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Published in Press Stream:
October 16, 2015

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Published in Stream:
October 16, 2015
Press by
The Interpreter
@Interpreter_Mag
Russian-to-English translation journal, with original analysis and commentary on Russia's foreign & domestic policy.
Interpreter_Mag
Gazeta.ru Reports That Drone Downed by Turkey Is Likely New Secret Russian UAV Design
4 years
Stream: October 16, 2015
Publication: Putin in Syria
Claims That Russian Jets Mistakenly Struck Regime Positions Near Homs Yesterday
As we reportedly earlier today, Turkey shot down a drone today it declared was Russian. We noted the similarity of the downed unmanned aerial vehicle (UAV) to similar Russian drone brought down by the Ukrainian army in eastern Ukraine last year.

Now Gazeta.ru has obtained information that the drone may be a new secret variation of past drones of Russian make.

Oryx Blog suggests that the UAVs found in both Syria and Ukraine were a hitherto unseen new development from the Orlan-10.

The Russian Defense Ministry, which has in the past admitted the use of its drones in Syria, immediately issued a statement that "all the UAVs of the Russian group of Aerospace Forces are functioning in the planned regimen," Gazeta.ru reported -- implying no Russian drone was shot down.

Col. Gen. Andrei Kartapolov, head of the Chief Operations Division of the Russian General Staff later emphasized at a news briefing (translation by The Interpreter):

"All our UAVs are either on mission in the regions or at the air base. Whose downed UAV it is -- either guess or figure it out for yourselves," he said.


Gazeta.ru determined, however that the UAV was in fact a modification of the Orlan-30 which had just been successfully tested in Russia. The Orlan is manufactured by the Special Technologcy Center (STTs). Gazeta.ru asked STTs if this was their drone, and got a reply from Aleksei Kristman, a representative of STTs, who said the downed drone was "designed without his company's involvement."

"That is definitely not an Orlan in the photo. The dimensions, the construction and the load are completely different," he told Gazeta.ru.


But a source in the Russian defense industry identified the UA as Russian.

"This UAV is of Russian make. It is a secret design, and you will not find reference to it in the media."


He said the downed drone indeed look like it came from the Orlan family, but had a number of distinctions. He also said "other Russian agencies" besides the Defense Ministry were using the UAV, i.e. intelligence. The Foreign Intelligence Service (SVR) declined to comment to Gazeta.ru.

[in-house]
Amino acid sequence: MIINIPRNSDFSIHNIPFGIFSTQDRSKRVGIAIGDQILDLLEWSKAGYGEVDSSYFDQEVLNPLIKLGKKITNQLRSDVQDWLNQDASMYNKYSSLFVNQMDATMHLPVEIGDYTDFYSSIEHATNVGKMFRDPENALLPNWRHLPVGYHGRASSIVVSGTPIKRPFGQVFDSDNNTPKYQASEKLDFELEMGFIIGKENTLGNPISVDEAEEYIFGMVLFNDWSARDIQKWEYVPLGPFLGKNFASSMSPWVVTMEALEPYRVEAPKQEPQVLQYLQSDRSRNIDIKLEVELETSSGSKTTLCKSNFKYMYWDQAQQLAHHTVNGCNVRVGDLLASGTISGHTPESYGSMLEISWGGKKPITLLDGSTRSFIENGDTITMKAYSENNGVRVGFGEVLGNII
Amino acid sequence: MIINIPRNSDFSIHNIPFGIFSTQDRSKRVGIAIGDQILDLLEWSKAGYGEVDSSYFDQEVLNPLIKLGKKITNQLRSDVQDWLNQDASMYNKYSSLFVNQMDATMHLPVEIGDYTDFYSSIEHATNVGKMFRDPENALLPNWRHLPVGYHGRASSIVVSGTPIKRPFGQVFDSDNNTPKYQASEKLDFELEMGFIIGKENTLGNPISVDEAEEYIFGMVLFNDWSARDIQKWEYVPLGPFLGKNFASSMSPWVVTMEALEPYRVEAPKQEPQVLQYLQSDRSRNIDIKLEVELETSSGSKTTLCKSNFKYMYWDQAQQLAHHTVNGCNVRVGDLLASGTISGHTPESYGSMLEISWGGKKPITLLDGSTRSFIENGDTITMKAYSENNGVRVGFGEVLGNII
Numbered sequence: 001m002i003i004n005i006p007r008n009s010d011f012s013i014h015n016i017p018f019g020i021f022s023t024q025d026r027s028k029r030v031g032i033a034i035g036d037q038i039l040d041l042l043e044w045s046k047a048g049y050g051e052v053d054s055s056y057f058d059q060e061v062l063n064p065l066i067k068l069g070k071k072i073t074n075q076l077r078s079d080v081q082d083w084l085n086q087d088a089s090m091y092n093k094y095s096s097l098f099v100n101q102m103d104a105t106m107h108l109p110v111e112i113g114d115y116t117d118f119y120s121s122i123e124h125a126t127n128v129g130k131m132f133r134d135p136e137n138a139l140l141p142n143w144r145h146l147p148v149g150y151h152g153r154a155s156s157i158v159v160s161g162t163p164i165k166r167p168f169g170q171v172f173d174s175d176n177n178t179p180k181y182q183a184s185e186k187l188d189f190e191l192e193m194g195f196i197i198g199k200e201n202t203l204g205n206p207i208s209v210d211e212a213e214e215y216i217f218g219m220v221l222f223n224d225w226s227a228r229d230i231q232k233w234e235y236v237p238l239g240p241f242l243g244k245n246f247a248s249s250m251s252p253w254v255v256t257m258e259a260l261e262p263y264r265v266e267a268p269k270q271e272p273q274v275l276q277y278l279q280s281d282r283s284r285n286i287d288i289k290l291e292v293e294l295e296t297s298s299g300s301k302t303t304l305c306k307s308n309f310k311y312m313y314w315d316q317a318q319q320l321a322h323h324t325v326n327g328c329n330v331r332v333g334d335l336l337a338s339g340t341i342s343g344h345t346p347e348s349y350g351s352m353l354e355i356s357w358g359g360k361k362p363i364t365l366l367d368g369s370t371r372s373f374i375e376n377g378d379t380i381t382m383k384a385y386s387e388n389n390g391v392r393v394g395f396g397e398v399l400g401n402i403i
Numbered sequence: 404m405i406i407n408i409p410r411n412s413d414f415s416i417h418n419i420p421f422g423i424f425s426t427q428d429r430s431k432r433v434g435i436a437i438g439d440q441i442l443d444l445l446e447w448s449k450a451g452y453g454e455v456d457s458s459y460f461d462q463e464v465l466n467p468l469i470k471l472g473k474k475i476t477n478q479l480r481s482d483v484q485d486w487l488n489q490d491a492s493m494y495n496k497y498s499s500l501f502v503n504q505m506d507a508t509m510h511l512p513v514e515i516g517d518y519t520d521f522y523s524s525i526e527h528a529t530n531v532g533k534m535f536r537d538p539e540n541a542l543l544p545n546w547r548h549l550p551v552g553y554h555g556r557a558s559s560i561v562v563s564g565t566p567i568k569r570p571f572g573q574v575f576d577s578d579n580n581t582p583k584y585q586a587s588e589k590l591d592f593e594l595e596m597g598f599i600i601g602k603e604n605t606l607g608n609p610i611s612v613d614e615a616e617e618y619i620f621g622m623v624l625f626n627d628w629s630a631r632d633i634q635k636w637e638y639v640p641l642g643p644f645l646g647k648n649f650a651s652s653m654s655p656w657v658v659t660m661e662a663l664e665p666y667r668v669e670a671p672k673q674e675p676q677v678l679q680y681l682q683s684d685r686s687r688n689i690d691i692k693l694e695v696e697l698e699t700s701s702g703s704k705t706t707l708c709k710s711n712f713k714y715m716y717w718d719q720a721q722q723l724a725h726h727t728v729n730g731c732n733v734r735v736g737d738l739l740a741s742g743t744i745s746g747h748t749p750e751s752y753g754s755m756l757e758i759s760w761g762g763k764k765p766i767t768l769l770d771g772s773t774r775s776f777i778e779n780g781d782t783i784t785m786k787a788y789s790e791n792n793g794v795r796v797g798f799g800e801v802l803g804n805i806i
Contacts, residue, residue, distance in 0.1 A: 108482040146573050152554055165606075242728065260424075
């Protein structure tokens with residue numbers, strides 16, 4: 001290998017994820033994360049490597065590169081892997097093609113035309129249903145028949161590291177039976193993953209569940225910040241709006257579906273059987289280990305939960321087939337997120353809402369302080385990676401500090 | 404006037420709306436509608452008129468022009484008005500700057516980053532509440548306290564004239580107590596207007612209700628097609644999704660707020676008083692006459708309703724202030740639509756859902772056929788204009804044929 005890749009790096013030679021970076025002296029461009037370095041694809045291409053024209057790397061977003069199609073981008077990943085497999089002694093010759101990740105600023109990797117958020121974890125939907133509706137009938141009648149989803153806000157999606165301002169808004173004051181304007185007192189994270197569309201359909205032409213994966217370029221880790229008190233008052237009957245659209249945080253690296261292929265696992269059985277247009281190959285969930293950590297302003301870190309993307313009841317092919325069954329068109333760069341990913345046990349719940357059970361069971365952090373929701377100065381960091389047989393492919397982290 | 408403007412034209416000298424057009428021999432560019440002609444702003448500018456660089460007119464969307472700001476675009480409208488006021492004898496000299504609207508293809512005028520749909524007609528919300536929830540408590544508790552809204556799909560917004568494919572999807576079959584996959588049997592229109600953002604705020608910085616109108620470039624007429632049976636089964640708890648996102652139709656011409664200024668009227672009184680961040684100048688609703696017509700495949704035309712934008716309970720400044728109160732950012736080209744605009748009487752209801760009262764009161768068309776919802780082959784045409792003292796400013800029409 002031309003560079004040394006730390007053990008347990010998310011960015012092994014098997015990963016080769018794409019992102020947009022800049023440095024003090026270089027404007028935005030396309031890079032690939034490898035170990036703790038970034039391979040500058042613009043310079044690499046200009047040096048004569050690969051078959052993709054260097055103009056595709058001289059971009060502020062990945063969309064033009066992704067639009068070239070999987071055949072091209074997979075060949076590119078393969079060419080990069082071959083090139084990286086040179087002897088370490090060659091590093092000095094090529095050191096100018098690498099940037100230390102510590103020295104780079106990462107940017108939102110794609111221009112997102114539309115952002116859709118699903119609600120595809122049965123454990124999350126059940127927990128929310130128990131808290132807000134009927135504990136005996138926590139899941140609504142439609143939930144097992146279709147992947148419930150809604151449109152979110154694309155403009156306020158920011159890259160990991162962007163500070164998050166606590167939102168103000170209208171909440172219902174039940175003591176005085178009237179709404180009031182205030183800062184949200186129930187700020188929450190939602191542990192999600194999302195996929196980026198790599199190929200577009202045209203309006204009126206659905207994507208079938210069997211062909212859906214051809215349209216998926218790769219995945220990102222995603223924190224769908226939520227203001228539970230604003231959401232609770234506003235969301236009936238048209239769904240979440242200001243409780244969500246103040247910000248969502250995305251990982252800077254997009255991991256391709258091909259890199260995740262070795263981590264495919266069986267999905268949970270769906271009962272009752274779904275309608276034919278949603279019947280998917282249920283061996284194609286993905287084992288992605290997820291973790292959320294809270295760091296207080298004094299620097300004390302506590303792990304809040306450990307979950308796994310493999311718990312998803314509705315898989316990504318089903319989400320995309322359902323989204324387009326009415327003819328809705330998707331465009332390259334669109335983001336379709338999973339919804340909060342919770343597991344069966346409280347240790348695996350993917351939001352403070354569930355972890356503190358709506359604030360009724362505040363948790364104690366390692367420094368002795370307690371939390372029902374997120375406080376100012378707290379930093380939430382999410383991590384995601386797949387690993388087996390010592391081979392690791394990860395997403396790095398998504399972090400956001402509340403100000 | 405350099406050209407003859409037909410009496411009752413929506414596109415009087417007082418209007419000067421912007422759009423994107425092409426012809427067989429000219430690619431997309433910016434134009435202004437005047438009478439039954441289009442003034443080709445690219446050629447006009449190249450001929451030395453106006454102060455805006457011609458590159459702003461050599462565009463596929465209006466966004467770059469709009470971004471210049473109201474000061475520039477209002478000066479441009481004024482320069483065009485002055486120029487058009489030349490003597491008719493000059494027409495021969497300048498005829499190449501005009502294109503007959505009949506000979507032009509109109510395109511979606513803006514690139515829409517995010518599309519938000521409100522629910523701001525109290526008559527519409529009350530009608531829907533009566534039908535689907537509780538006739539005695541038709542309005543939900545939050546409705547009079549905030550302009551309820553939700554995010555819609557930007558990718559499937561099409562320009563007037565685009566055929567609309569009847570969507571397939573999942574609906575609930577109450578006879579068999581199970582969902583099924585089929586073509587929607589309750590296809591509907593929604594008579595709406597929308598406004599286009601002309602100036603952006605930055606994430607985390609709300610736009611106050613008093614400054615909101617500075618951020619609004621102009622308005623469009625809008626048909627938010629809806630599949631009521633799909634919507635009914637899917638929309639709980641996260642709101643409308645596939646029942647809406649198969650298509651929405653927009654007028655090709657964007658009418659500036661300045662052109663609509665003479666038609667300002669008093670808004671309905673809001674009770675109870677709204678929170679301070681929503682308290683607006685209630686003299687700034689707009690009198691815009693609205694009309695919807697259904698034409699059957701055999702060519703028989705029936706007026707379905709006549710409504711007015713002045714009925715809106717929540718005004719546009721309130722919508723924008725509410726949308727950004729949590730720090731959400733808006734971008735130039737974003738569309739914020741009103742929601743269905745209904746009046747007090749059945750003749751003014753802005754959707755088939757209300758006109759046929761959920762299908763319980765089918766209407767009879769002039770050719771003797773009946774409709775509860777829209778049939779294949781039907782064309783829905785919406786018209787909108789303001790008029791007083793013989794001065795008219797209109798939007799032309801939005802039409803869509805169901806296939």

Denis Fedutinov, an expert on unmanned aviation commented on the UAV models for Gazeta.ru, noting that Russia has never  officially specified what kind of drones it is using in Syria:


If you are speaking about the Russian Defense Ministry, I can surmise that our military use several types of UAVs in Syria. These are vehicles of a minor class Aileron-3SV or a heavier complex, the Orlan 10."
"Before this incident, pictures of UAVs downed in Syria appeared on social media, particularly of the same Aileron-3SV. Meanwhile, it cannot be excluded that we are using vehicles of a more major class, for example, the Forpost."

The Russian Defense Ministry purchased 34 Aileron - 3SV drones from the Kazan-based company Enix in a $2.8 million contract last year, UPI reported.

He also noted that it was not certain the drone was shot down; it could have crashed on its own due to operator error or technical malfunctions common not only to Russian but American drones. It is rather hard to shoot down a small drone unless it follows the same route, he added. The Syrian Army also has drones so it is not clear if it was in fact in Russia's arsenal:

"The Pchela UVA systems and likely UAVs from the Aileron family have been delivered to the Syrians in the past, so it cannot be ruled out that this UAV was in fact used by the Syrians."


Kartapolov's carefully-worded denials could imply either that the drone was given to Syria by Russia or was an American drone.

-- Catherine A. Fitzpatrick